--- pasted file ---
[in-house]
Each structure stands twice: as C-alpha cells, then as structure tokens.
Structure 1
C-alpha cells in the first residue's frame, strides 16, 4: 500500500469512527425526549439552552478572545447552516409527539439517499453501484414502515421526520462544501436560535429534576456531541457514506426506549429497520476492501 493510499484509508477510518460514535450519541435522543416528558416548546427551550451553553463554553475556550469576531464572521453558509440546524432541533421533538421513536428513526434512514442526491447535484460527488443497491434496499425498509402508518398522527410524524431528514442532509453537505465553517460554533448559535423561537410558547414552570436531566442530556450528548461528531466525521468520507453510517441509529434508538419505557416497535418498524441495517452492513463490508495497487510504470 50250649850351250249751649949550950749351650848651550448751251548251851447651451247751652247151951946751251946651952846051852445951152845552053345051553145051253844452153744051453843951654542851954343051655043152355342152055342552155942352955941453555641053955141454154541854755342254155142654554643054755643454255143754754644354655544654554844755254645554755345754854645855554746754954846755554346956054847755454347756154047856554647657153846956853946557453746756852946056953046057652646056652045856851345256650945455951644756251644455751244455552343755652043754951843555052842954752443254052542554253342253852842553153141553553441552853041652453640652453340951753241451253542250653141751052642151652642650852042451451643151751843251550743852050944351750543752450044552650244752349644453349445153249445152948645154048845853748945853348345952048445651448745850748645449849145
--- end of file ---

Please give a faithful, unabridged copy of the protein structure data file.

[in-house]
Each structure stands twice: as C-alpha cells, then as structure tokens.
Structure 1
C-alpha cells in the first residue's frame, strides 16, 4: 500500500469512527425526549439552552478572545447552516409527539439517499453501484414502515421526520462544501436560535429534576456531541457514506426506549429497520476492501 493510499484509508477510518460514535450519541435522543416528558416548546427551550451553553463554553475556550469576531464572521453558509440546524432541533421533538421513536428513526434512514442526491447535484460527488443497491434496499425498509402508518398522527410524524431528514442532509453537505465553517460554533448559535423561537410558547414552570436531566442530556450528548461528531466525521468520507453510517441509529434508538419505557416497535418498524441495517452492513463490508495497487510504470 50250649850351250249751649949550950749351650848651550448751251548251851447651451247751652247151951946751251946651952846051852445951152845552053345051553145051253844452153744051453843951654542851954343051655043152355342152055342552155942352955941453555641053955141454154541854755342254155142654554643054755643454255143754754644354655544654554844755254645554755345754854645855554746754954846755554346956054847755454347756154047856554647657153846956853946557453746756852946056953046057652646056652045856851345256650945455951644756251644455751244455552343755652043754951843555052842954752443254052542554253342253852842553153141553553441552853041652453640652453340951753241451253542250653141751052642151652642650852042451451643151751843251550743852050944351750543752450044552650244752349644453349445153249445152948645154048845853748945853348345952048445651448745850748645449849145